Archived

This topic is now archived and is closed to further replies.

Vector Project Equation Question

This topic is 4944 days old which is more than the 365 day threshold we allow for new replies. Please post a new topic.

If you intended to correct an error in the post then please contact us.

Recommended Posts

I am reading 3D Math Primer (great book) and there is on part of the projection math that is bugging me (page 61 specifically). I''m going to be a bit wordy here in the hopes that you all might catch any misunderstandings I have. If I have a vector, v that I want to project onto another vector, n I might start by splitting v into vpar (parallel to n) and vper (perpendicular to n). We can get vpar by multiplying the magnitude of vpar by the normalized (unit) n with... vpar = n(|vpar| / |n|) ...makes good sense. We can substitute cos(theta)|v| to get the magnitude of vpar... vpar = n(|v|cos(theta) / |n|) ...all good to here. At this point, the book seems to multiply the right side of the equation by |n| / |n| to end up with the intermediate... vpar = n(|v||n|cos(theta) / |n|squared) .before getting the final equation... vpar = n(v.n / |n|squared) I see this same equation for calculating vpar in Tricks of the 3D Game Programming Gurus, but I''m confused about the extra |n| in the equation. Is it added simply so we can substitute (use) the dot product? Apologies if this is a stupid question. I really want to understand this before I proceed. Also, as an aside...I''m a bit of an obsessive person. I have a hard time accepting rules without fully understanding them. The problem with that attitude as it relates to 3D programming is that I''m no math whiz, so formal proofs can make my head spin. Is the fact that the cross product of two vectors gives us a perpendicular vector just one of the beauties of math? Or was it designed / engineered to do that for the sake of computer graphics?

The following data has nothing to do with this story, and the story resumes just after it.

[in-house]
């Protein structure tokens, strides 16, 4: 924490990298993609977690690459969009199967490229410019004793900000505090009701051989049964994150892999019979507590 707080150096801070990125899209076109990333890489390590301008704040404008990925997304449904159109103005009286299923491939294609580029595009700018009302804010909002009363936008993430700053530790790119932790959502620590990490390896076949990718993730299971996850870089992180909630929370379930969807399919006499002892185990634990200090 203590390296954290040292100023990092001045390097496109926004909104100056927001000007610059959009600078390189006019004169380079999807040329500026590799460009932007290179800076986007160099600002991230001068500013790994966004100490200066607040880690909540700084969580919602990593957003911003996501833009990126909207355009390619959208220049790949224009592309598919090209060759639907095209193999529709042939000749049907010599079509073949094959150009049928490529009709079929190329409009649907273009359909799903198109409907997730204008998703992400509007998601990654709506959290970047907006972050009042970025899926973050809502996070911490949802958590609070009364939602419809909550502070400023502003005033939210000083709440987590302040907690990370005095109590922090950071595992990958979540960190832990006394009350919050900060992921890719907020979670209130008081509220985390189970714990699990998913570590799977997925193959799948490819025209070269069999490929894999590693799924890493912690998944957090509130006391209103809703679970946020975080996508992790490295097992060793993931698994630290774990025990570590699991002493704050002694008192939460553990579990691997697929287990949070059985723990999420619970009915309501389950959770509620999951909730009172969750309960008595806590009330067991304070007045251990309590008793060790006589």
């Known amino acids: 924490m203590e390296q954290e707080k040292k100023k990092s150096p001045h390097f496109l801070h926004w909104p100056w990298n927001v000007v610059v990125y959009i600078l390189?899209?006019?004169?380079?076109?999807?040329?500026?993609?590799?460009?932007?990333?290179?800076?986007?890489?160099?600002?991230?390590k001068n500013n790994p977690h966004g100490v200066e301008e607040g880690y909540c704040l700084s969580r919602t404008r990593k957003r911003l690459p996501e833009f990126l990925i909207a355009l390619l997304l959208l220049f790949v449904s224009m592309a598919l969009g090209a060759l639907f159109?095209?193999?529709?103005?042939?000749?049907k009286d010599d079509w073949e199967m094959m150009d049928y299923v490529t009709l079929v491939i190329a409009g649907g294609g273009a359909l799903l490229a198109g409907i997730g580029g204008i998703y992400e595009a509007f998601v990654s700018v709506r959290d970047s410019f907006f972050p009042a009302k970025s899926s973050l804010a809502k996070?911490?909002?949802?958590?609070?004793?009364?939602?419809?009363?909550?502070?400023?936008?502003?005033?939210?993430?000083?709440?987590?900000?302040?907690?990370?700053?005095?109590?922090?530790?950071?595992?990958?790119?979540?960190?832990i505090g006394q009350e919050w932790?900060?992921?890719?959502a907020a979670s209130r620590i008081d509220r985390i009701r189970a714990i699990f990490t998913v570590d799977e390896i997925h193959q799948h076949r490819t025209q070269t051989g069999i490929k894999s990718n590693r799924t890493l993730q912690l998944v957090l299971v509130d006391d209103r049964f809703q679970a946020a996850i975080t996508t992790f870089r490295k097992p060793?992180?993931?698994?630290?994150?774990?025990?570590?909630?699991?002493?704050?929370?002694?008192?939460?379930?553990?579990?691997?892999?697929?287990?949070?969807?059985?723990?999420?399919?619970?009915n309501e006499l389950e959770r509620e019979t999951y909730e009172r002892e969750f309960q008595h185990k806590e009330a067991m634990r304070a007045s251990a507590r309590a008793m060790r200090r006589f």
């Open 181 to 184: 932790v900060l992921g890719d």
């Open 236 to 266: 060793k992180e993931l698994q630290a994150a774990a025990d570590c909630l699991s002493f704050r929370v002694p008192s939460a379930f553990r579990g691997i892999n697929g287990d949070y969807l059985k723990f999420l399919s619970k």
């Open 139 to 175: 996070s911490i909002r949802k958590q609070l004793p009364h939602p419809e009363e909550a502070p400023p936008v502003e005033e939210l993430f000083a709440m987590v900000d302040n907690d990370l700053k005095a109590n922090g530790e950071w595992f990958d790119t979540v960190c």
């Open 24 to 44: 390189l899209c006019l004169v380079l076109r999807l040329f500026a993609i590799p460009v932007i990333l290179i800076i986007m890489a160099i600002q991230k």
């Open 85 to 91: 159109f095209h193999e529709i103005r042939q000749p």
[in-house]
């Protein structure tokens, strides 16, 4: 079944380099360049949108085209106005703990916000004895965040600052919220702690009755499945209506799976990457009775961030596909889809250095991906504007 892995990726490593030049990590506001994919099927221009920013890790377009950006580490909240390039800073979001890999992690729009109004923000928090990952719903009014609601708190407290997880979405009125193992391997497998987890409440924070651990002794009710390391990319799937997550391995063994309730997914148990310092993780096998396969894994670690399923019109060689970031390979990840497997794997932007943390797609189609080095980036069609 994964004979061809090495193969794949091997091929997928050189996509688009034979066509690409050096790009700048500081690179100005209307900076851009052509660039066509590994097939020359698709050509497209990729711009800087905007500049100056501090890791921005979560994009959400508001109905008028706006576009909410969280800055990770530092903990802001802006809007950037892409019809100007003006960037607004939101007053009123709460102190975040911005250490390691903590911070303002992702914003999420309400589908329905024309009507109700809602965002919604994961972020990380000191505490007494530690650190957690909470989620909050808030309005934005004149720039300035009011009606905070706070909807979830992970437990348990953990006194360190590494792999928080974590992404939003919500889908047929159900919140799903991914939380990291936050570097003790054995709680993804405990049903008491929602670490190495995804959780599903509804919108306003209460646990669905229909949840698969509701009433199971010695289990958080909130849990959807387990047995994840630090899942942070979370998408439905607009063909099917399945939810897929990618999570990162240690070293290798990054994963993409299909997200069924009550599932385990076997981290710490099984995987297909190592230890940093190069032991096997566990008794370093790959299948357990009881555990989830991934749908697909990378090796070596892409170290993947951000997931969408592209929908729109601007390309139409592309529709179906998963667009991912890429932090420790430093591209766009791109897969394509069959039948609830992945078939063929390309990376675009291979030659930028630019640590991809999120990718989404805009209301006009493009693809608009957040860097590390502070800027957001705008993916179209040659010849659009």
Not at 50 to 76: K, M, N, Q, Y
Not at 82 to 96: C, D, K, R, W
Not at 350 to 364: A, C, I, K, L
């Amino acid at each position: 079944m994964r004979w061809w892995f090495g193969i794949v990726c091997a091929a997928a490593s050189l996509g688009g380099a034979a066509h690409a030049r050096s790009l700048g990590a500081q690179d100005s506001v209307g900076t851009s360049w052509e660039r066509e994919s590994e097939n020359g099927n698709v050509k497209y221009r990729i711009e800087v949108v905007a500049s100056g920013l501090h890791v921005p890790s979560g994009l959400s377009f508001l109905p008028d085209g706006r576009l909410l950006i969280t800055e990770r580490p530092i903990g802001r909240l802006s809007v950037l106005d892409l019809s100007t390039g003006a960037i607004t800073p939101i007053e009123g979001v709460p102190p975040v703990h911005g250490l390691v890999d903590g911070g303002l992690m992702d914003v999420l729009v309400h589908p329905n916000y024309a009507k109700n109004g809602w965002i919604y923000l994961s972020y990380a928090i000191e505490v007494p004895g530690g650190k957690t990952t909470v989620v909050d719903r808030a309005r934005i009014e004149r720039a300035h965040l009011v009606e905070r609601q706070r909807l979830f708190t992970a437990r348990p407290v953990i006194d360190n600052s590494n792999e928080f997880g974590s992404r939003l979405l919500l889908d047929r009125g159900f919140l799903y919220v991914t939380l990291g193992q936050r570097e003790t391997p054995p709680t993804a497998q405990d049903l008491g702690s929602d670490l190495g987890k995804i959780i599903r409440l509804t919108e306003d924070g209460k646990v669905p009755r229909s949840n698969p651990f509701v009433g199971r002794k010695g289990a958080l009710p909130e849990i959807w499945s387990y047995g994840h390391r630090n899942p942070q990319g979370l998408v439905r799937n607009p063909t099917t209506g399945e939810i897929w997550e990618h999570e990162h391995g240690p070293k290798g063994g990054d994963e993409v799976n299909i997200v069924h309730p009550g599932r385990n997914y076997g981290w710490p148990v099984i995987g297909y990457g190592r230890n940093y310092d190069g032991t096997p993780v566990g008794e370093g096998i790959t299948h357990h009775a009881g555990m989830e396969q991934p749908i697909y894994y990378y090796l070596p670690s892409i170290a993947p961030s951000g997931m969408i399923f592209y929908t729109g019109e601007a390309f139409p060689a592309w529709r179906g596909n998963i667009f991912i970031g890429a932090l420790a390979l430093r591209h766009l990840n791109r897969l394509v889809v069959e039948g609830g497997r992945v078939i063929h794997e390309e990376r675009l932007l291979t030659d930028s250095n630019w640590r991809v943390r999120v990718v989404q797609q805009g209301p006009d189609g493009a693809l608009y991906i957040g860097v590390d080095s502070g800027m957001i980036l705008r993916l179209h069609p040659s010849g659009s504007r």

Share this post


Link to post
Share on other sites
Guest Anonymous Poster
Yes, they just multiply by |n|/|n| to get to the final equation, which is more useful because it is easier to compute.

The cross product was designed to get a perpendicular vector, and it was created before computer graphics. It is used in physics to calculate things like torque (the cross product of displacement from the center of mass of an object and the force acting on the object at that point). It is just something that is pretty useful when working in 3 dimensions.

Share this post


Link to post
Share on other sites
quote:
Original post by Anonymous Poster
Yes, they just multiply by |n|/|n| to get to the final equation, which is more useful because it is easier to compute.


Thanks! You''re the goods! I thought that was too simple an answer.

quote:
The cross product was designed to get a perpendicular vector, and it was created before computer graphics. It is used in physics to calculate things like torque (the cross product of displacement from the center of mass of an object and the force acting on the object at that point). It is just something that is pretty useful when working in 3 dimensions.


Wow. More than my money''s worth. Thanks again, Anonymous Poster.

Share this post


Link to post
Share on other sites